Multiple Attacks

The purpose of the Multiple Attacks lesson is to learn how to break through your opponent’s defenses by attacking multiple times and different areas in succession.

For Teachers

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When attacking multiple times it is important to avoid a technique we call the “Sewing Machine.”

The Sewing Machine is when a fighter is caught in a rhythm of throwing shots one after the other, but only in a straight line. Sort of like the needle of a sewing machine.

The Sewing Machine technique does increase the number of shots thrown, but it becomes incredibly predictable and easy to block again and again. It also leads to harder shots and you can end up hurting your opponent.

Multiple Attacks

When you are on the offensive the more attacks you can make, the more likely you will be able to break through your opponent’s defenses and land a shot. Most beginner fencers only attack one time before resetting and with this lesson, we hope you’ll begin to attack more often and maintain an offensive pressure on your opponent.

The first thing you have to do is to get out of the habit of only striking once on any given attempt. Meaning that every time you attack, we should be striking two, three, even four times before resetting in our ready position.

To do this, it helps to keep your point extended during the attacks and not pull it all the way back to ready position. So instead of one full strike, you’re doing many small extensions of your blade to try to get past their defenses.

Attack Different Areas

Almost everywhere on your opponent’s body is a potential target and may be open for an attack. Instead of always attacking the same area, learn to attack different areas sometimes one after the other.

Changing how you attack allows you to find new openings in your opponent’s defenses. There is always an open target somewhere. Always attacking the same area becomes predictable and dangerous.

The following areas are all possible targets with various levels of difficulty. Here are some suggestions to consider when picking a target:

  • Head: Typically open. Wait for you opponent to lean in before striking.
  • Neck: Very small target. It’s easier to go for the head or torso.
  • Torso: Largest and easiest target, but defended by swords.
  • Sword Arm: Narrow target defended by sword. Aim for the forearm.
  • Offhand: Small open target. Strike when it is extended and opponent is distracted.
  • Legs: Risky target, but advantageous if successful. Aim for opponent’s thigh.
  • Foot: Small target, but hard to defend. Strike when it is close or opponent is resetting.

Ready to move on?

You’ve completed the Multiple Attacks lesson! Now that you're on the offensive, let's learn how to turn defense into offense with Block/Attack Combos.

How to teach

Multiple Attacks


Use the following EDGE Method lesson summary to guide you along.


Explain the following techniques and how they will apply to Multiple Attacks and increasing offensive ability. Emphasize that the more offensive we are, the more opportunities we have to break through our opponent’s defenses.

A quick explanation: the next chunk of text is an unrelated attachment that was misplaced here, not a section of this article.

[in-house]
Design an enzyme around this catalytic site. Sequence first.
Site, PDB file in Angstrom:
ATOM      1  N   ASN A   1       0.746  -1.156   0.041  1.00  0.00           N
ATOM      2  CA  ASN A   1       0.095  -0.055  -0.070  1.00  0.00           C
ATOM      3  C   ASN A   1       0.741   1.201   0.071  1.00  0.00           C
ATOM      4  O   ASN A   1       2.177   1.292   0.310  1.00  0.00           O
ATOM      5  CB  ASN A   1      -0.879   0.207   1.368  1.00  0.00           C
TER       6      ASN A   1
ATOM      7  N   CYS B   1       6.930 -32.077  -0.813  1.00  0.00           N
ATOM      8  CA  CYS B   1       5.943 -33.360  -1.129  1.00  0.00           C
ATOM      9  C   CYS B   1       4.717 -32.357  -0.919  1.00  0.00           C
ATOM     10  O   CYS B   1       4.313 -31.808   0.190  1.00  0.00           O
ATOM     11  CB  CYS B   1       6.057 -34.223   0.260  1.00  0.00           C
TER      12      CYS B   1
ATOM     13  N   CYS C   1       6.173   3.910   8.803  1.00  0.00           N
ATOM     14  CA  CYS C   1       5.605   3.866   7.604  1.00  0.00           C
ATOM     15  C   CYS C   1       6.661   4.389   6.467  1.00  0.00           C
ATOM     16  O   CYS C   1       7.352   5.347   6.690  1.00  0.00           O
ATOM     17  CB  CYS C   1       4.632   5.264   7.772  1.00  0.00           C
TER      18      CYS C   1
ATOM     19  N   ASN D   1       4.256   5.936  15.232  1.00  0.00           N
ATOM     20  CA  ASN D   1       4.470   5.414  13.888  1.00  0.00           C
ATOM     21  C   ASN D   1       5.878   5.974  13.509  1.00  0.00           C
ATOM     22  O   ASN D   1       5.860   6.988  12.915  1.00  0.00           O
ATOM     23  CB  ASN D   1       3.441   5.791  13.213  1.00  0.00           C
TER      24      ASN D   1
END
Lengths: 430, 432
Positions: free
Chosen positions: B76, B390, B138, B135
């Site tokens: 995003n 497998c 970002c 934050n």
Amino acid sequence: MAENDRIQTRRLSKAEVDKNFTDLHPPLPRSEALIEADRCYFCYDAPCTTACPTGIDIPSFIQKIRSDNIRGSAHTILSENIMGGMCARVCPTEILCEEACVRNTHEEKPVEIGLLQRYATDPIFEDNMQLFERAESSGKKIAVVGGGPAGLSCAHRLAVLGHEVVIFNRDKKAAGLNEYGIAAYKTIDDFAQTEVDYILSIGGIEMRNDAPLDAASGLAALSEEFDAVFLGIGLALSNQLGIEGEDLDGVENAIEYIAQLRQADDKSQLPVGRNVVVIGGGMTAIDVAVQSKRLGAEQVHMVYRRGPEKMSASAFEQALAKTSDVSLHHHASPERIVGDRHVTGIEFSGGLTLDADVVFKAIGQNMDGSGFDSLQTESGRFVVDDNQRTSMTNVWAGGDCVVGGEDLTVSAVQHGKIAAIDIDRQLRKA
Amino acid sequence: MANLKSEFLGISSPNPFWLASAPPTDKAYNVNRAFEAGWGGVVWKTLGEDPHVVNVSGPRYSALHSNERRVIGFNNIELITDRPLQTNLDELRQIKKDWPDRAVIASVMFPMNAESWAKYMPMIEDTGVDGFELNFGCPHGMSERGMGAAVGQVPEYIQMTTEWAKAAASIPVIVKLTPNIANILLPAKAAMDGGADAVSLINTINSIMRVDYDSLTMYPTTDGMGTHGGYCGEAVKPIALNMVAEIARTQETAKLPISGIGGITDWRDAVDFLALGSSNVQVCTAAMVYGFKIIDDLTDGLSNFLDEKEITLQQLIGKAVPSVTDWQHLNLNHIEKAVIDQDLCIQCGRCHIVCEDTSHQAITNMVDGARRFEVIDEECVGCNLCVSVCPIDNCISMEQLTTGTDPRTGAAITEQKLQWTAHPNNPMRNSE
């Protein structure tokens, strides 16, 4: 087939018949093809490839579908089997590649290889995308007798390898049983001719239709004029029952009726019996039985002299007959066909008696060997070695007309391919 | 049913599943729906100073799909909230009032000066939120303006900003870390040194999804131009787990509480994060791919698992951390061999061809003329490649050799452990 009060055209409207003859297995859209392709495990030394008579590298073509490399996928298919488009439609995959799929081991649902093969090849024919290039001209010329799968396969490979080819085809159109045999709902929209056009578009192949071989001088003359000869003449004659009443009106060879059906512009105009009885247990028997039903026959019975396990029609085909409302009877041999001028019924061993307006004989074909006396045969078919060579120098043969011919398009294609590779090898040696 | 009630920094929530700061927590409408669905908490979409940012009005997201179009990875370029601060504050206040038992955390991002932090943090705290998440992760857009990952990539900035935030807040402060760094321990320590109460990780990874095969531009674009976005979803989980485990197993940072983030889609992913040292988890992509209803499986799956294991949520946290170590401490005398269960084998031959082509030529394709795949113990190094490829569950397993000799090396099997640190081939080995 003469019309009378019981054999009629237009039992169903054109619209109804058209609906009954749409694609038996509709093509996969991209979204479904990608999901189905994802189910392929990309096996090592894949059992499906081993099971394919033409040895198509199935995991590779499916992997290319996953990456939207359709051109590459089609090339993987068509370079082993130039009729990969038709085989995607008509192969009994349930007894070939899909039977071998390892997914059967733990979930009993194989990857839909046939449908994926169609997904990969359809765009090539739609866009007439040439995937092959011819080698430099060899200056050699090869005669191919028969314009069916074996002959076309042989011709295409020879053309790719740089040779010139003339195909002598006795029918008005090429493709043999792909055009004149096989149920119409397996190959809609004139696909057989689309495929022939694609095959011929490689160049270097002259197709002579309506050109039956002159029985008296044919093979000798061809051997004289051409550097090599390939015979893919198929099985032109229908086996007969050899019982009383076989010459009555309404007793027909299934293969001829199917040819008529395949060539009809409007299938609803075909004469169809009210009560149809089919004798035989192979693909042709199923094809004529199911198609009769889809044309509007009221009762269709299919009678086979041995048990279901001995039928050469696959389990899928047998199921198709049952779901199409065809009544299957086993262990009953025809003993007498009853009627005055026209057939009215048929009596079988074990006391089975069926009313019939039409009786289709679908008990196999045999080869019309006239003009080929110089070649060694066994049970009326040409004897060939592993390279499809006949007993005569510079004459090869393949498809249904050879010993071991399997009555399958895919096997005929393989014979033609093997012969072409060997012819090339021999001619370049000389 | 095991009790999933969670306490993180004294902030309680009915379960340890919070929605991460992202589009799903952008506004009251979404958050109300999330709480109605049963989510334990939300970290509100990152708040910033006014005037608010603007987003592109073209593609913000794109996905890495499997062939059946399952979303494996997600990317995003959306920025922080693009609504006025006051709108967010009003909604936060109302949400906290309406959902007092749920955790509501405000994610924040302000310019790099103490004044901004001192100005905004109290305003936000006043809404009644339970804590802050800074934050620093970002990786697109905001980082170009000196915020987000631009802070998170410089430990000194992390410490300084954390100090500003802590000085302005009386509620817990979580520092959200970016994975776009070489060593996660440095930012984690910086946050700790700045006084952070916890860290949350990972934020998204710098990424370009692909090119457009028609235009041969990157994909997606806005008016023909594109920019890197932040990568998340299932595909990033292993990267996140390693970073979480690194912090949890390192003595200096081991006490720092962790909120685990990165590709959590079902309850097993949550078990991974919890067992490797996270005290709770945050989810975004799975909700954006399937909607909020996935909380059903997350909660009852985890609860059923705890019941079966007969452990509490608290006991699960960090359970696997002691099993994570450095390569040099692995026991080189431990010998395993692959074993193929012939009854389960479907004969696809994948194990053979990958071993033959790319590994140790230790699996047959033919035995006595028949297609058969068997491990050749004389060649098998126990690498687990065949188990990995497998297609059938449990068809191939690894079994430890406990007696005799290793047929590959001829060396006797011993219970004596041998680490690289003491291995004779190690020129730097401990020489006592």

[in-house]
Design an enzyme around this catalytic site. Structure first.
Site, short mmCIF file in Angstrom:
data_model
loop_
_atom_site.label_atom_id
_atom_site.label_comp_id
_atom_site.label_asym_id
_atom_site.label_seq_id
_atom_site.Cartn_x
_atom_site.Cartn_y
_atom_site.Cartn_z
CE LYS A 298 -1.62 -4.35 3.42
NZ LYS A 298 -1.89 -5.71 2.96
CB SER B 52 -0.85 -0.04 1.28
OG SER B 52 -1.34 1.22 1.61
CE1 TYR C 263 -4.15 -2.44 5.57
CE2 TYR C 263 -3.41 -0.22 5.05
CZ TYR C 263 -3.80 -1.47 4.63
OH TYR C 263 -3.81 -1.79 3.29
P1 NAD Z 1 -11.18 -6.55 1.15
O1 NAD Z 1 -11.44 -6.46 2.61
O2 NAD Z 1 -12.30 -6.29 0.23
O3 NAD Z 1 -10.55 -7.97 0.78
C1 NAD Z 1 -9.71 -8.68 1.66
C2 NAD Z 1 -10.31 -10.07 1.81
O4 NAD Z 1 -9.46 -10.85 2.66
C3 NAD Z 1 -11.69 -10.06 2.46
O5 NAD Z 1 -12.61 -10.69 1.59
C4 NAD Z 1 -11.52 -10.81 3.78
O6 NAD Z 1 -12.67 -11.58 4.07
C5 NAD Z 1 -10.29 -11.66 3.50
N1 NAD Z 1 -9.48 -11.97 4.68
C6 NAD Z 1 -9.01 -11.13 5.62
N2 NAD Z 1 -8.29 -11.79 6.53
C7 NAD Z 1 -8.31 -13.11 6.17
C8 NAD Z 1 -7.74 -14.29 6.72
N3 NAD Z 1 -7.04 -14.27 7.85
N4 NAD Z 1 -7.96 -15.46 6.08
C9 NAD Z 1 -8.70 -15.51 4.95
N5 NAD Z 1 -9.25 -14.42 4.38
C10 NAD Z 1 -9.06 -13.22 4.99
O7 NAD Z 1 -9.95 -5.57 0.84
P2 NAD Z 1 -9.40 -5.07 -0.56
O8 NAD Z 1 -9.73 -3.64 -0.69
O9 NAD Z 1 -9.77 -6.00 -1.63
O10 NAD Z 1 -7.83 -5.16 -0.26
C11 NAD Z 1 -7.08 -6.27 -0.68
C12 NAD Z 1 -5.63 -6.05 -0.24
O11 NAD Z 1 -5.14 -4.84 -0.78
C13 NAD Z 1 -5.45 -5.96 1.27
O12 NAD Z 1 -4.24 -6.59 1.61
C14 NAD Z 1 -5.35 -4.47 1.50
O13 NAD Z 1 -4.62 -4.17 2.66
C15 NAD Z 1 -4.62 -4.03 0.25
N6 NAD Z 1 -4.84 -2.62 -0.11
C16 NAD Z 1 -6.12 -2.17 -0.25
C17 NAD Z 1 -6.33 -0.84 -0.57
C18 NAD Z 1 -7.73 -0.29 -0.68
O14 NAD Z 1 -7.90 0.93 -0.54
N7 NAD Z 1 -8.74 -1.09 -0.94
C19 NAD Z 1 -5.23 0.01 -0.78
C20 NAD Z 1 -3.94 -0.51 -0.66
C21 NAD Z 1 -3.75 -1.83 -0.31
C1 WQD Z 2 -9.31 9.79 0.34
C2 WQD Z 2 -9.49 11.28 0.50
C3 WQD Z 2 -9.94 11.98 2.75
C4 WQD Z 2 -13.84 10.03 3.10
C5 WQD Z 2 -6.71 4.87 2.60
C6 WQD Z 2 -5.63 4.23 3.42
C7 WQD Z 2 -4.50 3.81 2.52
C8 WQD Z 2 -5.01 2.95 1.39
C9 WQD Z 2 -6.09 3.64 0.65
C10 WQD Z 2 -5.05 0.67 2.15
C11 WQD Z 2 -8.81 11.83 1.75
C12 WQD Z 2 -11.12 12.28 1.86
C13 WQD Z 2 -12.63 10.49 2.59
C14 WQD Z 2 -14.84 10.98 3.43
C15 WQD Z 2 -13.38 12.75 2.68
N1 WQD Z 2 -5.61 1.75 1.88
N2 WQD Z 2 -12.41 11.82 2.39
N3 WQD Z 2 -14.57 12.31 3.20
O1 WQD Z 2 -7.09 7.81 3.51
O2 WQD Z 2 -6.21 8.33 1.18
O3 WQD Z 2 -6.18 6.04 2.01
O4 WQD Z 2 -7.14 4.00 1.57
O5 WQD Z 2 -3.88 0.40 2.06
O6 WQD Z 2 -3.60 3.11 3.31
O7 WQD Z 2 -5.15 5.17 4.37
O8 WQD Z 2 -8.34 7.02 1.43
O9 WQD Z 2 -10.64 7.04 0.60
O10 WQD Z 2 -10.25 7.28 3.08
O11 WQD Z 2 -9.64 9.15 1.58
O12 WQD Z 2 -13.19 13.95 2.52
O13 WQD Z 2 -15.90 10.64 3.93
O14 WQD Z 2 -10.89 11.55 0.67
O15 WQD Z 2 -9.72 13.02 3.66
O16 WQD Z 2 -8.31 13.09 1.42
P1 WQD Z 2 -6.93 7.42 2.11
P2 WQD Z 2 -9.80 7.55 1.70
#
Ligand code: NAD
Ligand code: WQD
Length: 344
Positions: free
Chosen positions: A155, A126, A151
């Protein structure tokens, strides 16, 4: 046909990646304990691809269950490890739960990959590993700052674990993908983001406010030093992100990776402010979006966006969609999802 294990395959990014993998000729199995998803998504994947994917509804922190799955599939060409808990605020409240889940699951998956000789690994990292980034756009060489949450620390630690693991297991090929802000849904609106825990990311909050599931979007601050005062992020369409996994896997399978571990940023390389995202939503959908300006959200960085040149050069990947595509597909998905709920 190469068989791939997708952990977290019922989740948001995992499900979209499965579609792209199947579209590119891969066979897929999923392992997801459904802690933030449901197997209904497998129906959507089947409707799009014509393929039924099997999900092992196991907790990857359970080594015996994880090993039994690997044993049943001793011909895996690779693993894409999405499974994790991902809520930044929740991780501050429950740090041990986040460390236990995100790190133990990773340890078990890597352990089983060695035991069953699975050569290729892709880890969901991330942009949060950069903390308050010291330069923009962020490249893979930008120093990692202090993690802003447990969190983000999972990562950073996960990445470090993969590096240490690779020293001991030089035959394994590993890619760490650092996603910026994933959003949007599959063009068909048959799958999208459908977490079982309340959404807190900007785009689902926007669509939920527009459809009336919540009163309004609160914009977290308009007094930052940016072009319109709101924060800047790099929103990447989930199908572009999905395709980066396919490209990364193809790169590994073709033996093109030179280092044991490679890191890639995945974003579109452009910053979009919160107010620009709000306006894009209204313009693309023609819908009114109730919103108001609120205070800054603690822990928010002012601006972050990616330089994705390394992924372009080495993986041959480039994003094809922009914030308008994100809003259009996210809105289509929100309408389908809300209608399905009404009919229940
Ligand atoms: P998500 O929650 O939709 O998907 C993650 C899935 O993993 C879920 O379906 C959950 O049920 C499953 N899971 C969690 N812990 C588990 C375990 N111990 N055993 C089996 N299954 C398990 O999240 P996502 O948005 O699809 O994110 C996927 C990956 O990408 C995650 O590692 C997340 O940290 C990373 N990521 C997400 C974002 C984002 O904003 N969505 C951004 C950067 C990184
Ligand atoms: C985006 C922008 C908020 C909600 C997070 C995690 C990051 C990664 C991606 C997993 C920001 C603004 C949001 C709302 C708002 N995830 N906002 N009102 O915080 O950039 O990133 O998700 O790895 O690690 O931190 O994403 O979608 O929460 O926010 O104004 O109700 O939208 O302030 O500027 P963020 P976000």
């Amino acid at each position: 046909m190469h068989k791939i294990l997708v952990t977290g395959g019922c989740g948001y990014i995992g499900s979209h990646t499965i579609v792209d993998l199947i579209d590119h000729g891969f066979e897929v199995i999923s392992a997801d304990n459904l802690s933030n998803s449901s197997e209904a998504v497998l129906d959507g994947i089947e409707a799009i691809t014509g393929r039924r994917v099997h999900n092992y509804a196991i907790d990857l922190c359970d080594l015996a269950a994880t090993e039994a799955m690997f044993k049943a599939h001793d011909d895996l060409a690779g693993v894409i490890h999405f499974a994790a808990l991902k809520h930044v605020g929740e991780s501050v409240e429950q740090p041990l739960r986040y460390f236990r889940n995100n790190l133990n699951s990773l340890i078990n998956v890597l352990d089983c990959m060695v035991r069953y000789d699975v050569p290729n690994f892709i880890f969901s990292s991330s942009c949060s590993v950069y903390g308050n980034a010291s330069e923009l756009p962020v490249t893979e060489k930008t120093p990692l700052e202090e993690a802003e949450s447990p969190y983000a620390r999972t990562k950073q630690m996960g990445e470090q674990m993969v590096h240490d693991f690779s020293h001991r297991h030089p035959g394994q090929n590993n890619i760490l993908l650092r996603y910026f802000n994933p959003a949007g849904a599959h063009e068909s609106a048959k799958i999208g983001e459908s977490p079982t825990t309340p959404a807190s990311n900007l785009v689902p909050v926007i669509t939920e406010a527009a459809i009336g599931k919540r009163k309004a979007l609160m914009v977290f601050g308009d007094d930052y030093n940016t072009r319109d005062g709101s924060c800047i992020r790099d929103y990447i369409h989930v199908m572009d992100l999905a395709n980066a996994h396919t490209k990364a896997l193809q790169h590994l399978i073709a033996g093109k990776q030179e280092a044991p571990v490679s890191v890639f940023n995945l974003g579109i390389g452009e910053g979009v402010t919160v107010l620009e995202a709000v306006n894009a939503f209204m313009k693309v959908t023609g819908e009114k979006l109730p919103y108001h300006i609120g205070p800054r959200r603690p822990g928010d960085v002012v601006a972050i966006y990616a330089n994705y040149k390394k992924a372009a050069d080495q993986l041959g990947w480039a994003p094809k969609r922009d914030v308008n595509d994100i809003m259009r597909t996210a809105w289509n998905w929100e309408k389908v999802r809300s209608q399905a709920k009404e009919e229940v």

• Avoid the Sewing Machine
  • How to attack multiple times
  • How to attack different areas
  • Risk/Benefits of attacking different targets


Demonstrate each of the Principles of Gauging a Shot. Include examples and situations of how you gauge your shots in fight. Afterwards, demonstrate how to perform each of the different “breaks” on a wall or co-teaching Swordsman. Make sure that each student can see how each breaks work and explain as you go.


After demonstrating, walk the students through each principle and help them understand the process. Show them what to look for when gauging a shot and how to perform each “break” on a partner or a hard surface.


At this stage, each Initiate should be able to gauge a shot and break a hard shot on their own. Run through the following drills or challenge before finishing:

Multiple Attacks

Multiple Strikes Drill

Have each student find a partner and take turns striking and blocking. The Attacker will strike at the their opponent, the Defender, with 3-5 consecutive attacks while the Defender only tries to block. Then switch roles.

Multiple Strikes Challenge (Break Through Their Defenses)

Find a partner, one student will be the Attacker and the other will be the Defender. The Attacker will strike at the Defender as many times as it takes to land a successful shot while the Defender will only block. After a shot is declared good, switch roles. Keep track of how many attacks it takes to break through the Defender’s defense and try to improve with each attempt.

Attack Different Areas

Attack Different Areas Drill

Have each student find a partner and take turns slowly attacking different areas of their opponent to become familiar with different targets and what it takes to land a successful attack.

Attack Different Areas Challenge (Secret Target)

Students should pair off in dueling partners. Secretly, each student will decide on a specific target that they are aiming for. Students will then duel each other until they are able to successfully land a shot on their predetermined target. After succeeding, they should choose a new target and continue dueling.